Dripping Springs ISD Trustee Dr. Stefanie Reinold redirects compensation plan discussion to disseminate COVID-19 misinformation
Dripping Springs Independent School District Trustee Dr. Stefanie Reinold redirected a compensation plan discussion to disseminate COVID-19 misinformation about false-positive COVID-19 tests, at an agenda review meeting Jan. 24.
During an important discussion about a possible increase in substitute pay as the district faces a shortage due to increasing COVID-19 cases, Reinold asked to review what the Texas Education Agency mandates were for COVID-19 testing for staff, specifically when in close contact with a confirmed positive case.
Dripping Springs ISD Superintendent Dr. Holly Morris-Kuentz said there is still a close contact testing requirement for staff.
Reinold then asked if a staff member would be tested, after returning from the five-day isolation period requirement after having COVID-19.
“If you’re a close contact, regardless if you just came back from having COVID, you’re still needing to test, or are there any further stipulations or guidance on that piece from TEA?” Reinold said.
Morris-Kuentz explained that staff who are 90 days out from having COVID-19 do not have to test if they are a close contact, unless they are symptomatic.
At this, Reinold laughed.
“I’m sorry, I’m laughing because, have you seen the symptoms list?” Reinold said. “It’s incredibly vague, and in the middle of Cedar Fever. OK, so really that 90 days means nothing then.”
Reinold laughed even louder before she continued, “because pretty much we all live with at least one of those symptoms every day.”
“I’m just pointing this out because we know that the testing is not 100% perfect,” Reinold said. “[If] someone gets a positive test, it doesn’t necessarily mean a case of COVID.”
According to PolitiFact, a previously debunked claim about false-positive COVID-19 tests is circulating again, spreading misinformation. The claim said “the CDC was withdrawing its PCR test for COVID-19 because the test didn’t differentiate the coronavirus and the flu,” Politifact reported.
PolitiFact explained that the CDC withdrew those tests because they only tested for COVID-19, and they wanted to use “newer FDA-authorized tests that could already detect the flu as well as COVID-19, in order to save time.”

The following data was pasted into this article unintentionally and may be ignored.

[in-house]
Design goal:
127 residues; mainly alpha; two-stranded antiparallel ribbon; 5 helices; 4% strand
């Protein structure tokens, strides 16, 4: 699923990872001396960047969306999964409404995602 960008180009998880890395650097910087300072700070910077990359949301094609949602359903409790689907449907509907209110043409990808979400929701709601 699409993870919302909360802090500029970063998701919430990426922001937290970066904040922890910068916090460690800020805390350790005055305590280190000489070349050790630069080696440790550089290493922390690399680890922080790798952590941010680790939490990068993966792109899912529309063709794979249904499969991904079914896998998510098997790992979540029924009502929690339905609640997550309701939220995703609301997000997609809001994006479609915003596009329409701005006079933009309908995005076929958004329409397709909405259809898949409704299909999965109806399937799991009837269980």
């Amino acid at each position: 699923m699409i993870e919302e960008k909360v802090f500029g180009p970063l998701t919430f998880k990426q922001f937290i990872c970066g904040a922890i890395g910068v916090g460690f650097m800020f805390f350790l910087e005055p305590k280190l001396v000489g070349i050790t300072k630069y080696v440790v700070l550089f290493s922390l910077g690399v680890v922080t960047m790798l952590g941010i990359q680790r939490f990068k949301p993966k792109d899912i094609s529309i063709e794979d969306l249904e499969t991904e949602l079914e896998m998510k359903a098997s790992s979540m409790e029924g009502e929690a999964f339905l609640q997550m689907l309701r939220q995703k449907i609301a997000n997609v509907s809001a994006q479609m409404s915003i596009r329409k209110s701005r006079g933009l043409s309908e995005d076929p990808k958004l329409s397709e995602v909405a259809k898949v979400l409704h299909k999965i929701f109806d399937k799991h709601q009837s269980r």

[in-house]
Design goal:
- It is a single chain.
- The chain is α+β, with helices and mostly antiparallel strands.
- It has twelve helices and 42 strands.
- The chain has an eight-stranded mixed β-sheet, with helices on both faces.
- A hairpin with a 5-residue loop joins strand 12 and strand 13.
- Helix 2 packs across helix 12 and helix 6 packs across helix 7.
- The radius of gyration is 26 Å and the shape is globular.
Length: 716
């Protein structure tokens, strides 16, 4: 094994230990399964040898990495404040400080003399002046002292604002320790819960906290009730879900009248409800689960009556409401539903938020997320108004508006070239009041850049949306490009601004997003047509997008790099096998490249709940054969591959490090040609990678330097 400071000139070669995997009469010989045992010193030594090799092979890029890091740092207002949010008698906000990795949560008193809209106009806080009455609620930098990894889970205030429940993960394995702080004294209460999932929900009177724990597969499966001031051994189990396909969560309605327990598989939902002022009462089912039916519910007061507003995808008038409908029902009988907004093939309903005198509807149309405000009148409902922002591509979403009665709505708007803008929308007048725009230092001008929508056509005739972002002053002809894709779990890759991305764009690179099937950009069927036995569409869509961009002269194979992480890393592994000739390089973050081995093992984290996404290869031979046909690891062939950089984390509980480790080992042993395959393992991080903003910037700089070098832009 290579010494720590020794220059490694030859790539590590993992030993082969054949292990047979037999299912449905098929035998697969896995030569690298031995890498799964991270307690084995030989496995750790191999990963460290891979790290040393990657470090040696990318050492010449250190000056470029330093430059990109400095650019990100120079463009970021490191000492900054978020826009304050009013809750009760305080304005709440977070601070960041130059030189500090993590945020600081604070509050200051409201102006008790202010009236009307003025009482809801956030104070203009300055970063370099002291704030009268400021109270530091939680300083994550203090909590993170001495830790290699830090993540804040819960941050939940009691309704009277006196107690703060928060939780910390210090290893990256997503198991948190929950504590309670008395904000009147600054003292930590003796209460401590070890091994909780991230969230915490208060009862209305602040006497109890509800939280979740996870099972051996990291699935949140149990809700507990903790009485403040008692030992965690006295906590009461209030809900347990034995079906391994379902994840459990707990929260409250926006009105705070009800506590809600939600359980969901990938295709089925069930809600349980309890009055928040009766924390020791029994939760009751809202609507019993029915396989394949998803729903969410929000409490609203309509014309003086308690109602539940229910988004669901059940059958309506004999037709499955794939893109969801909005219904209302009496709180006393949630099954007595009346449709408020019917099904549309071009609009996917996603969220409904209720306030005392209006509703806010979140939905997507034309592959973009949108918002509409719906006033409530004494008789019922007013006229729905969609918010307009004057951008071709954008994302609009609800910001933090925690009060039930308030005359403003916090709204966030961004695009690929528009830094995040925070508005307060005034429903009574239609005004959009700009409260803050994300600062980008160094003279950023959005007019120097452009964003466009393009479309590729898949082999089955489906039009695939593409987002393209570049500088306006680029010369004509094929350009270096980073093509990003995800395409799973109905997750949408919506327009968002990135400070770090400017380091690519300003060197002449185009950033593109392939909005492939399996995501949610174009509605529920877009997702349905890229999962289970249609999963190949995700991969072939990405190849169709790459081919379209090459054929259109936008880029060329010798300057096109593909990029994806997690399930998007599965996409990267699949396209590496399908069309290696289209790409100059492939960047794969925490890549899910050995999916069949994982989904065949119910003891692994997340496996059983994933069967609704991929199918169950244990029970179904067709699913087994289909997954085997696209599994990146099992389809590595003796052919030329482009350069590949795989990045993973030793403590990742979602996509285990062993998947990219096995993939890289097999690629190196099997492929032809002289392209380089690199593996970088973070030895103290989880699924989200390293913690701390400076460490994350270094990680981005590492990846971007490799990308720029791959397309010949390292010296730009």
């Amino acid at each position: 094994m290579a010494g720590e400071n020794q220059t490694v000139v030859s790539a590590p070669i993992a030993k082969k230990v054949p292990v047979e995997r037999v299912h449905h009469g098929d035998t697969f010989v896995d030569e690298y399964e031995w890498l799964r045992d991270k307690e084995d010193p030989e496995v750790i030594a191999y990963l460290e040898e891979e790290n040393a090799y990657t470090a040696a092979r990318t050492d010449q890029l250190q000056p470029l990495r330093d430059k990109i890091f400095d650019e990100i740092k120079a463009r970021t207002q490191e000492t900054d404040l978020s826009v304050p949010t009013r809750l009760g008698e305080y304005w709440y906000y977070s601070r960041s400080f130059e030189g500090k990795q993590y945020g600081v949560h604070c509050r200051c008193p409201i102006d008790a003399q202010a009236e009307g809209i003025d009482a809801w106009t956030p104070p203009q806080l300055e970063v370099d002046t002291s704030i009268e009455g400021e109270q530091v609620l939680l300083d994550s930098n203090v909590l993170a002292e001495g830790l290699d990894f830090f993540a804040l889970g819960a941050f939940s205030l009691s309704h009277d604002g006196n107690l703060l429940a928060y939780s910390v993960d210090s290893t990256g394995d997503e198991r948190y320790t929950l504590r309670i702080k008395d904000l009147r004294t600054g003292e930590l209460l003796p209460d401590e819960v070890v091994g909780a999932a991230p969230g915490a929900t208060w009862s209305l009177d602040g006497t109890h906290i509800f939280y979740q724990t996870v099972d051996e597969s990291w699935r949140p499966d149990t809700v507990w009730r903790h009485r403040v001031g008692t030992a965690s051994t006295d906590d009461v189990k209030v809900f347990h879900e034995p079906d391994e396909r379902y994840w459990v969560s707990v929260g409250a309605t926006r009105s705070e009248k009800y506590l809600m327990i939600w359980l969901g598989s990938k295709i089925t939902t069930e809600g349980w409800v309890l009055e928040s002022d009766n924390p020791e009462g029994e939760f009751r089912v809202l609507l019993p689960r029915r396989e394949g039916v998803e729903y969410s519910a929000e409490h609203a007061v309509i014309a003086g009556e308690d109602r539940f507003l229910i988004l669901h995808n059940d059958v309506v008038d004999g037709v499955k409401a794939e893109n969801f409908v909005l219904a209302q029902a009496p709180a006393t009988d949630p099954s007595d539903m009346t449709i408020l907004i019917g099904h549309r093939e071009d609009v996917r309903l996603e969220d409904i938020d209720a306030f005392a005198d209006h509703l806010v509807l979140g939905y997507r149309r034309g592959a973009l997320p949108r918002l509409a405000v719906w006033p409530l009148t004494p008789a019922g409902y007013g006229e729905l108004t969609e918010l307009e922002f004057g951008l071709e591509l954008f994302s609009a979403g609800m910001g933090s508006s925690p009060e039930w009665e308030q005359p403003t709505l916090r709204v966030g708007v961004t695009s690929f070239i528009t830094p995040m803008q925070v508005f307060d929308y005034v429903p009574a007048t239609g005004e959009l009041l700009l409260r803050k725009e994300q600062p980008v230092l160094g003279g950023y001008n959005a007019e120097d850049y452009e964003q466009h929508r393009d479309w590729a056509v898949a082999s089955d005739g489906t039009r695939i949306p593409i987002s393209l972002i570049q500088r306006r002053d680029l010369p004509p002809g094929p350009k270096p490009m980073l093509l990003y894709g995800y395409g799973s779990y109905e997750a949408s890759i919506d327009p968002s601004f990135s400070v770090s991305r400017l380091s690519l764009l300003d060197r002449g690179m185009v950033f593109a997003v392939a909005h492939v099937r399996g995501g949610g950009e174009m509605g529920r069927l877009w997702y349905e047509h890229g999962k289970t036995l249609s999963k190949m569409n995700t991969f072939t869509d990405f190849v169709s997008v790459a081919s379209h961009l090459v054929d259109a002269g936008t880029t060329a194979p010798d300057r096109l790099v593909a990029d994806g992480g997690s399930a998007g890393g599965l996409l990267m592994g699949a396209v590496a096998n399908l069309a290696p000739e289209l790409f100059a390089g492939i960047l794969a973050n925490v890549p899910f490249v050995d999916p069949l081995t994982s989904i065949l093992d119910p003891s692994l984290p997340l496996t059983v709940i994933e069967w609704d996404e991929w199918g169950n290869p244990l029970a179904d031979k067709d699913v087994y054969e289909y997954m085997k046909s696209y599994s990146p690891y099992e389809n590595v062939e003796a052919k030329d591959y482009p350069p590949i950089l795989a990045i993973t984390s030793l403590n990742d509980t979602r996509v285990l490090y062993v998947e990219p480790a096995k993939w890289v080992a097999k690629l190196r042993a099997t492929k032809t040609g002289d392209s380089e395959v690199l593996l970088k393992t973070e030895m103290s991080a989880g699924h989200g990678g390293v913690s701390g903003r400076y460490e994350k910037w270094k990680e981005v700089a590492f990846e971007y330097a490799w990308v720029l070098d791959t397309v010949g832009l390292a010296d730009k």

The CDC said “the presence of influenza viral genetic material within a specimen will not cause a false positive result,” PolitiFact reported.
After disseminating misinformation, Reinold continued on her soapbox, saying she hopes at some point TEA will update some of their guidance on COVID-19 testing, “so that it is a little bit more reasonable.”
Dripping Springs ISD Executive Director of Human Resource Services Tiffany Duncan explained the most recent guidelines from TEA.
“The addition to TEA’s rules have stated that if you’re ages 18 or older and you’ve received all recommended vaccine doses, including boosters and additional primary shots for immunocompromised folks, or if you were confirmed COVID-19 positive within the last 90 days and have fully recovered, then you are not required to then test with a close contact,” Duncan said.
“But also if you’re symptomatic,” Reinold responded. “The list of symptoms is incredibly vague, so I’m sure a lot of people are testing because they’re honest. If you have a sniffy nose, that’s still a symptom, even if it’s from allergies or from something else completely unrelated.”
“I just want to shed light that this is a problem, I think, but I realize I’m in the minority here, so I will stop talking,” Reinold said.
Duncan said Dripping Springs ISD’s protocols for COVID-19 testing for staff were updated Jan. 10 to align with TEA’s updated vaccination status guidelines, and that monitoring for symptoms among staff and testing those who are symptomatic is universal.
Read the PolitiFact article here: https://www.politifact.com/factchecks/2022/jan/03/instagram-posts/cdc-didnt-say-its-covid-19-tests-cant-differentiat/